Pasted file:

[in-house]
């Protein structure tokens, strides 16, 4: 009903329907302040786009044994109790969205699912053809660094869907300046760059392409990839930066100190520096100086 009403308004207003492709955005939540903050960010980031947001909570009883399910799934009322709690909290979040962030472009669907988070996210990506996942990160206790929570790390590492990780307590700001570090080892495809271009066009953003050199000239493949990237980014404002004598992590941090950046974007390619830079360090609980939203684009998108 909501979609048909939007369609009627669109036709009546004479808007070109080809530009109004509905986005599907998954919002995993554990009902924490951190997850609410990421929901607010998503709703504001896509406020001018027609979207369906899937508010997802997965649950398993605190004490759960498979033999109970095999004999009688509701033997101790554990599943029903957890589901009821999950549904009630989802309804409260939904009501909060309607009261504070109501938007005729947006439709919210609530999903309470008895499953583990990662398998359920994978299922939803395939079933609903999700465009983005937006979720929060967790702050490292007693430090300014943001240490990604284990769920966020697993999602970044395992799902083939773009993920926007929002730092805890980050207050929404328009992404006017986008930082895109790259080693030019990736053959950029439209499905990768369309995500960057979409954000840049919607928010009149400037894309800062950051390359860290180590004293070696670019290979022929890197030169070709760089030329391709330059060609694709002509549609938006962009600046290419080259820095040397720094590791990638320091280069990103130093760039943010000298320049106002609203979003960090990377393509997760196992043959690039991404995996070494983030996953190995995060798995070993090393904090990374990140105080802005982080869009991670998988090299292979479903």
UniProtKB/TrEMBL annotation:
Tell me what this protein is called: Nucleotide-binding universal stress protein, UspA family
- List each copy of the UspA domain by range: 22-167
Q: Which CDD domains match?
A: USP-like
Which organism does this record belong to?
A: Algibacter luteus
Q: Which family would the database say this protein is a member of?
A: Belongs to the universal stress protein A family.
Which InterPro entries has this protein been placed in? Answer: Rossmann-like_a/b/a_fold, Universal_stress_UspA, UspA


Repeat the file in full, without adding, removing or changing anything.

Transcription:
[in-house]
């Protein structure tokens, strides 16, 4: 009903329907302040786009044994109790969205699912053809660094869907300046760059392409990839930066100190520096100086 009403308004207003492709955005939540903050960010980031947001909570009883399910799934009322709690909290979040962030472009669907988070996210990506996942990160206790929570790390590492990780307590700001570090080892495809271009066009953003050199000239493949990237980014404002004598992590941090950046974007390619830079360090609980939203684009998108 909501979609048909939007369609009627669109036709009546004479808007070109080809530009109004509905986005599907998954919002995993554990009902924490951190997850609410990421929901607010998503709703504001896509406020001018027609979207369906899937508010997802997965649950398993605190004490759960498979033999109970095999004999009688509701033997101790554990599943029903957890589901009821999950549904009630989802309804409260939904009501909060309607009261504070109501938007005729947006439709919210609530999903309470008895499953583990990662398998359920994978299922939803395939079933609903999700465009983005937006979720929060967790702050490292007693430090300014943001240490990604284990769920966020697993999602970044395992799902083939773009993920926007929002730092805890980050207050929404328009992404006017986008930082895109790259080693030019990736053959950029439209499905990768369309995500960057979409954000840049919607928010009149400037894309800062950051390359860290180590004293070696670019290979022929890197030169070709760089030329391709330059060609694709002509549609938006962009600046290419080259820095040397720094590791990638320091280069990103130093760039943010000298320049106002609203979003960090990377393509997760196992043959690039991404995996070494983030996953190995995060798995070993090393904090990374990140105080802005982080869009991670998988090299292979479903």
UniProtKB/TrEMBL annotation:
Tell me what this protein is called: Nucleotide-binding universal stress protein, UspA family
- List each copy of the UspA domain by range: 22-167
Q: Which CDD domains match?
A: USP-like
Which organism does this record belong to?
A: Algibacter luteus
Q: Which family would the database say this protein is a member of?
A: Belongs to the universal stress protein A family.
Which InterPro entries has this protein been placed in? Answer: Rossmann-like_a/b/a_fold, Universal_stress_UspA, UspA